Fiber is an indigestible yet essential part of a healthy diet. It can be either soluble or insoluble. Soluble fiber forms a gel, slows down digestion and may be very helpful in keeping cholesterol at healthy levels. Insoluble fiber helps regulate the digestive system, preventing constipation and other digestive upsets. It passes through the digestive tract more quickly than soluble fiber. A common side effect of a high-fiber diet is intestinal gas, or flatulence, a by-product of the action of intestinal bacteria on dietary fiber. Foods high in insoluble fiber are less likely to cause this problem than those rich in soluble fiber because they move through the tract quickly, allowing bacteria less time to produce gas. Add fiber to your diet gradually and consult a doctor to develop a dietary plan suitable for you.
Whole Grain Foods
Products made with whole grains are high in insoluble fiber and very healthy foods. Because their fiber is processed by the gastrointestinal tract quickly, they are unlikely to cause noticeable bloating or gas. Whole wheat breads, baked goods and cereals are very beneficial and good examples of these foods. Choose whole wheat pasta over white pasta and substitute brown rice for white rice when planning meals. Increase fiber by adding wheat bran to sauces or sprinkling it on cooked foods.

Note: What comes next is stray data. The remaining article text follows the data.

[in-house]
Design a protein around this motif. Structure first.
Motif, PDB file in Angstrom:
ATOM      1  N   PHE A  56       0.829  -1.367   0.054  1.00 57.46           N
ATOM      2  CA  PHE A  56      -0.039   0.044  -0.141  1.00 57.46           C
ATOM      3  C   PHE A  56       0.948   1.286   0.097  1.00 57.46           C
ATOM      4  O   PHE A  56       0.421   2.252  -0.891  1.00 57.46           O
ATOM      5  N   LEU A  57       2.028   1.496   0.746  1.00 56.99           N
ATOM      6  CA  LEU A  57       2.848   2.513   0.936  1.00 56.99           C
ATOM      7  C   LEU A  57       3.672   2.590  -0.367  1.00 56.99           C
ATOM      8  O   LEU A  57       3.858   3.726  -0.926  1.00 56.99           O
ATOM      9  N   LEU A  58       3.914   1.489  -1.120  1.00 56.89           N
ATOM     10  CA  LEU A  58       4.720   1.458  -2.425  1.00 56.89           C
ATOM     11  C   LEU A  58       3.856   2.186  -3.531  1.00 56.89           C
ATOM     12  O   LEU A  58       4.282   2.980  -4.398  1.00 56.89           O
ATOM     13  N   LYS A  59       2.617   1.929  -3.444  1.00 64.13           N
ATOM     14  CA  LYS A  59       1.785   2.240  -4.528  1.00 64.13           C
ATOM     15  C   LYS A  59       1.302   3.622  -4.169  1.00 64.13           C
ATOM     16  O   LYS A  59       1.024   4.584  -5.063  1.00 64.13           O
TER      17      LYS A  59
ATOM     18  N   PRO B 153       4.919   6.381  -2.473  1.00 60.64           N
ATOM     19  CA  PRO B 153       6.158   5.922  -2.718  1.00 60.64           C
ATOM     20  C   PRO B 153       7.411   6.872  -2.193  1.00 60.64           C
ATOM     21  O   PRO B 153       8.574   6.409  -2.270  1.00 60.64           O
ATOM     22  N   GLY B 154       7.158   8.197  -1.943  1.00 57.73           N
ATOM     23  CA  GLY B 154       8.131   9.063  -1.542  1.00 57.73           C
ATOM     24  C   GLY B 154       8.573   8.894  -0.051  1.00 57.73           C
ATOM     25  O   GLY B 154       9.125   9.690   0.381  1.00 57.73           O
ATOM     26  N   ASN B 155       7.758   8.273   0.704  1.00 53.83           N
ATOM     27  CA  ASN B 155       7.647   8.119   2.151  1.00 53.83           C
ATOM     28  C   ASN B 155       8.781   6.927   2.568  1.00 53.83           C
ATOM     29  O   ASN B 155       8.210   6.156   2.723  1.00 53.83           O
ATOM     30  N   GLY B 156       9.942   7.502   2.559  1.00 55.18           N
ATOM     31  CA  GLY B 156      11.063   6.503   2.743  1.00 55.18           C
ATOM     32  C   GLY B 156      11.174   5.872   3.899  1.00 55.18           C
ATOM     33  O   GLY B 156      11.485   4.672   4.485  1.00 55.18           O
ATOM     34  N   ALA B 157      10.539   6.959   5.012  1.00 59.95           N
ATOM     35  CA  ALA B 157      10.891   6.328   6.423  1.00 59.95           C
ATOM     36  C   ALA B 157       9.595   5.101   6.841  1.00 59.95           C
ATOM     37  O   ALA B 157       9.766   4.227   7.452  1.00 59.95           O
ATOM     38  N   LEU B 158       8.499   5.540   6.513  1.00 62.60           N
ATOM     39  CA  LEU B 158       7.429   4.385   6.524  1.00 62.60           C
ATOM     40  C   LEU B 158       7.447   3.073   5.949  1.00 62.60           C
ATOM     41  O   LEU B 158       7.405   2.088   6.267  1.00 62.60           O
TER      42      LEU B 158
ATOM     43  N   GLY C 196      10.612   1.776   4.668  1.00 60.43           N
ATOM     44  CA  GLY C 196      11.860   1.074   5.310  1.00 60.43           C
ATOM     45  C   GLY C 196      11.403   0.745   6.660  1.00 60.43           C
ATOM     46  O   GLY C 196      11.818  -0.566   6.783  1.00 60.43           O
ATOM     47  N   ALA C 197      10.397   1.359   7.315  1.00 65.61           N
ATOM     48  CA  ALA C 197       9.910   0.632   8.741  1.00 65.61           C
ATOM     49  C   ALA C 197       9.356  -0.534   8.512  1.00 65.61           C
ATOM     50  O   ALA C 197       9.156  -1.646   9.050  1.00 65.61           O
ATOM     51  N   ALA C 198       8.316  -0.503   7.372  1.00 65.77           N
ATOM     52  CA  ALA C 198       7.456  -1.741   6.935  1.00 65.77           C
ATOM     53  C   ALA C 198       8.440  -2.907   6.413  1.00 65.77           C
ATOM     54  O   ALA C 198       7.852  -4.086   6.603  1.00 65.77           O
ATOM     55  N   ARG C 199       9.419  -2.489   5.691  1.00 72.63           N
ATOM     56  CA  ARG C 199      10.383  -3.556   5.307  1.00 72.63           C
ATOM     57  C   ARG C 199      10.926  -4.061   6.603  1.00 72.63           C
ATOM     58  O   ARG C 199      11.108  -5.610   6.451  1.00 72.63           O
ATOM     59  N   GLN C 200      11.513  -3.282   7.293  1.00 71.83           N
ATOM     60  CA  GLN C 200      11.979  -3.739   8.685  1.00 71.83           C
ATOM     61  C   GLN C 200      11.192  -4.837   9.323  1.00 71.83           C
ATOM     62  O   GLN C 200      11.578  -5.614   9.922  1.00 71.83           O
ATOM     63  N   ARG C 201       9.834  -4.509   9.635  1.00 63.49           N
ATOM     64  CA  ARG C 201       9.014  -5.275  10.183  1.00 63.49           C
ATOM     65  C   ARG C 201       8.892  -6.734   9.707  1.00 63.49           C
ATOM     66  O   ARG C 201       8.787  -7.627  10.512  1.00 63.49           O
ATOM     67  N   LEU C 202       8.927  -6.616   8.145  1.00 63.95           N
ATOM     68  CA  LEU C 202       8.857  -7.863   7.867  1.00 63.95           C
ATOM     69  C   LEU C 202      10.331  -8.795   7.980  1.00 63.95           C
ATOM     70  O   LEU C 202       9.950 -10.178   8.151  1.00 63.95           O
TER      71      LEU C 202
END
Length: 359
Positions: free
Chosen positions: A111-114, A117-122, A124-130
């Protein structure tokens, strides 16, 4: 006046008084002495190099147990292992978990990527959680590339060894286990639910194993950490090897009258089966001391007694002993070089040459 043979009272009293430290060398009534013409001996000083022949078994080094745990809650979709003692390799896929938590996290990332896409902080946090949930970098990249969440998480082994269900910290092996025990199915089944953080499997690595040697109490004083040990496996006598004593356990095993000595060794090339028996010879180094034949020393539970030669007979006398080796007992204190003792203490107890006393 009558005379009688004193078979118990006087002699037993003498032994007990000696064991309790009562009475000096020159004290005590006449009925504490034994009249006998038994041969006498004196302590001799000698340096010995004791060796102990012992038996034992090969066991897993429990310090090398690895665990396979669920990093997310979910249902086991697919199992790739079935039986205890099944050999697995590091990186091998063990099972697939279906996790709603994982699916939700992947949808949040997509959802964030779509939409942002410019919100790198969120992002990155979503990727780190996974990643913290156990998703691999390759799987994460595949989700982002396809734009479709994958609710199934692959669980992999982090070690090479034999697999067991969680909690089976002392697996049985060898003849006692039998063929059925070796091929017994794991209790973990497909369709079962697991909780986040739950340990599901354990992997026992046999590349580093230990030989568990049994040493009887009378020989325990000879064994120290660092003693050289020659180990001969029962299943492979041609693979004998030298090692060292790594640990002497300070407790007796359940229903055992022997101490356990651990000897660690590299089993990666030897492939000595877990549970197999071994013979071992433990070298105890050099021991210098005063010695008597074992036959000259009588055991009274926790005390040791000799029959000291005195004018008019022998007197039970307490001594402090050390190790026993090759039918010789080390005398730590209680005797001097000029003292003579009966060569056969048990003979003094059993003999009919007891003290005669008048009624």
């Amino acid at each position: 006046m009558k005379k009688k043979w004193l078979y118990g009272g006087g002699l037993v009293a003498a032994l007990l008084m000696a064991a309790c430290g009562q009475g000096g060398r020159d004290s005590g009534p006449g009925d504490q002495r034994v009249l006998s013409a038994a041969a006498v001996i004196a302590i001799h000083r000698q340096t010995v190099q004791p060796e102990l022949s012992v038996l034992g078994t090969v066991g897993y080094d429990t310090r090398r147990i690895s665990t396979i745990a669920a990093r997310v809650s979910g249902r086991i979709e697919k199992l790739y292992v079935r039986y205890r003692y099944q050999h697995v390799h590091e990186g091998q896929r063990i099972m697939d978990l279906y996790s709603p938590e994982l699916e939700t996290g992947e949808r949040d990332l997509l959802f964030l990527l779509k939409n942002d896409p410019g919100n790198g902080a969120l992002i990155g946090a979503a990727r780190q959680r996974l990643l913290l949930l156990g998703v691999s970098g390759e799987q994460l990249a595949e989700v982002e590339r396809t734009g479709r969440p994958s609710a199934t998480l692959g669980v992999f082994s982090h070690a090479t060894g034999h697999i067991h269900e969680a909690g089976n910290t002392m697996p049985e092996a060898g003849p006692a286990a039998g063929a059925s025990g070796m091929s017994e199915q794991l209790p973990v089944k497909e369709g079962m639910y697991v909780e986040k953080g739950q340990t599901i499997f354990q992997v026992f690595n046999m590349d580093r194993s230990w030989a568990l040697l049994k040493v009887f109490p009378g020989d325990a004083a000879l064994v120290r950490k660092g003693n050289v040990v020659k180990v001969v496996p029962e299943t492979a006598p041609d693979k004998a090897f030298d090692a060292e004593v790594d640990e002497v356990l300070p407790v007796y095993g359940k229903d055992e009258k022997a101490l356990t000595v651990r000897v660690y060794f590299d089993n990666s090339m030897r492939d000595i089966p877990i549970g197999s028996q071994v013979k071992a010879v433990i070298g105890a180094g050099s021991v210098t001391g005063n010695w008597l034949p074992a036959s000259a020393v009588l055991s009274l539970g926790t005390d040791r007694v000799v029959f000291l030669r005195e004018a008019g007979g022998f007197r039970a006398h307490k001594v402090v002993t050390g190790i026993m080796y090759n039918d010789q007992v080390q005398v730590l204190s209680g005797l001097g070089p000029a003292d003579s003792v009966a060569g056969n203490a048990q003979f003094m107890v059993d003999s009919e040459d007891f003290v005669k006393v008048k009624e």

Most vegetables are good sources of fiber, but some may cause gas. However, those high in insoluble fiber are less likely to cause this problem. Good examples of vegetables with lots of insoluble fiber are corn, carrots, parsnips, tomatoes and zucchini. Avoid most legumes, such as beans and lentils, to minimize gas, since these vegetables have lots of soluble fiber. However, peas are an exception among the legumes; they are fiber-rich, but the majority of their fiber is insoluble, making them good choices to minimize gas and bloating.
Certain fruit is less likely to cause gas than other types. Blackberries and cherries, for example, have about 2 to 3 times as much insoluble fiber as soluble fiber. Other good choices to maximize insoluble fiber are pineapple, pomegranates, and apples with their peel consumed along with the flesh. Bananas also have more insoluble fiber than soluble fiber, as do pomegranates and strawberries, making them good, high-fiber foods that are not likely to cause gas.
- MedlinePlus: Dietary Fiberrel="nofollow"
- American Academy of Family Physicians: Fiber: How to Increase the Amount in Your Dietrel="nofollow"
- MedlinePlus: Soluble vs. Insoluble Fiberrel="nofollow"
- Fat Free Kitchen: List of Soluble and Insoluble Fiber Foodsrel="nofollow"
- American College of Gastroenterology: Belching, Bloating and Flatulencerel="nofollow"
- Jupiterimages/Comstock/Getty Images
This article reflects the views of the writer and does not necessarily reflect the views of Jillian Michaels or JillianMichaels.com.